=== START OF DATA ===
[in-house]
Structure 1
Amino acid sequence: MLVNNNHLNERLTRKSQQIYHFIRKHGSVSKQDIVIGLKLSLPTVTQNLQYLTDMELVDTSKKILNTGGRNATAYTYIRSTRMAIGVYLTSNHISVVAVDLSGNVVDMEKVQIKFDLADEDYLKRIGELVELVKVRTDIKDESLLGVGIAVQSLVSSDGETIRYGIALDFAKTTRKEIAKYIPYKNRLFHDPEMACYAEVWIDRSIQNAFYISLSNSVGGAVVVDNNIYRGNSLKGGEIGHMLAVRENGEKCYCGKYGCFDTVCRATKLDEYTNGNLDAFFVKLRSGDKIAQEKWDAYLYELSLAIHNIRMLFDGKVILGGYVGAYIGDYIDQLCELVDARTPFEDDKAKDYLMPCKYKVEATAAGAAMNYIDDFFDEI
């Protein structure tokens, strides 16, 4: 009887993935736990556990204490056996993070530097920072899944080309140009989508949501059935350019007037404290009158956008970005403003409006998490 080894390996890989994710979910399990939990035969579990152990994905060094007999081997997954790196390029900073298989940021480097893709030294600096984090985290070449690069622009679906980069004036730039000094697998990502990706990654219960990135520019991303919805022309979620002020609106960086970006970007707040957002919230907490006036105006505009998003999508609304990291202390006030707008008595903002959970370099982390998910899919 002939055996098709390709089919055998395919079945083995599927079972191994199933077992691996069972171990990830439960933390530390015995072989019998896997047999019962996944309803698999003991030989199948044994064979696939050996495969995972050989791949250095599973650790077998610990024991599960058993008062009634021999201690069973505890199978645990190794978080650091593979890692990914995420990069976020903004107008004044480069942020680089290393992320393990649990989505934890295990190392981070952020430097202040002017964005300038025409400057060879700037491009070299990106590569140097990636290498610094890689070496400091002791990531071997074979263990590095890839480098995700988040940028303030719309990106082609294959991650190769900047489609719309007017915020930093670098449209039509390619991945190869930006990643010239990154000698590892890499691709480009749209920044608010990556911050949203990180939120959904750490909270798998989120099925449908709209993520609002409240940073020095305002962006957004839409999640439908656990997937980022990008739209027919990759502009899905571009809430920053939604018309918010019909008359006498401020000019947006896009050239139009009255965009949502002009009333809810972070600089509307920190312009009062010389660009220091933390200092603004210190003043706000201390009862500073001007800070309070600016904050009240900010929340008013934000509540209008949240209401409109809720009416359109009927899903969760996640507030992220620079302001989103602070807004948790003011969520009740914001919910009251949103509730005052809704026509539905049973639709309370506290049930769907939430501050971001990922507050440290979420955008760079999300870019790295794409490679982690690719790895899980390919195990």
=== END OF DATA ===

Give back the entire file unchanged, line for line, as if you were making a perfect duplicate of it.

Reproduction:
[in-house]
Structure 1
Amino acid sequence: MLVNNNHLNERLTRKSQQIYHFIRKHGSVSKQDIVIGLKLSLPTVTQNLQYLTDMELVDTSKKILNTGGRNATAYTYIRSTRMAIGVYLTSNHISVVAVDLSGNVVDMEKVQIKFDLADEDYLKRIGELVELVKVRTDIKDESLLGVGIAVQSLVSSDGETIRYGIALDFAKTTRKEIAKYIPYKNRLFHDPEMACYAEVWIDRSIQNAFYISLSNSVGGAVVVDNNIYRGNSLKGGEIGHMLAVRENGEKCYCGKYGCFDTVCRATKLDEYTNGNLDAFFVKLRSGDKIAQEKWDAYLYELSLAIHNIRMLFDGKVILGGYVGAYIGDYIDQLCELVDARTPFEDDKAKDYLMPCKYKVEATAAGAAMNYIDDFFDEI
């Protein structure tokens, strides 16, 4: 009887993935736990556990204490056996993070530097920072899944080309140009989508949501059935350019007037404290009158956008970005403003409006998490 080894390996890989994710979910399990939990035969579990152990994905060094007999081997997954790196390029900073298989940021480097893709030294600096984090985290070449690069622009679906980069004036730039000094697998990502990706990654219960990135520019991303919805022309979620002020609106960086970006970007707040957002919230907490006036105006505009998003999508609304990291202390006030707008008595903002959970370099982390998910899919 002939055996098709390709089919055998395919079945083995599927079972191994199933077992691996069972171990990830439960933390530390015995072989019998896997047999019962996944309803698999003991030989199948044994064979696939050996495969995972050989791949250095599973650790077998610990024991599960058993008062009634021999201690069973505890199978645990190794978080650091593979890692990914995420990069976020903004107008004044480069942020680089290393992320393990649990989505934890295990190392981070952020430097202040002017964005300038025409400057060879700037491009070299990106590569140097990636290498610094890689070496400091002791990531071997074979263990590095890839480098995700988040940028303030719309990106082609294959991650190769900047489609719309007017915020930093670098449209039509390619991945190869930006990643010239990154000698590892890499691709480009749209920044608010990556911050949203990180939120959904750490909270798998989120099925449908709209993520609002409240940073020095305002962006957004839409999640439908656990997937980022990008739209027919990759502009899905571009809430920053939604018309918010019909008359006498401020000019947006896009050239139009009255965009949502002009009333809810972070600089509307920190312009009062010389660009220091933390200092603004210190003043706000201390009862500073001007800070309070600016904050009240900010929340008013934000509540209008949240209401409109809720009416359109009927899903969760996640507030992220620079302001989103602070807004948790003011969520009740914001919910009251949103509730005052809704026509539905049973639709309370506290049930769907939430501050971001990922507050440290979420955008760079999300870019790295794409490679982690690719790895899980390919195990």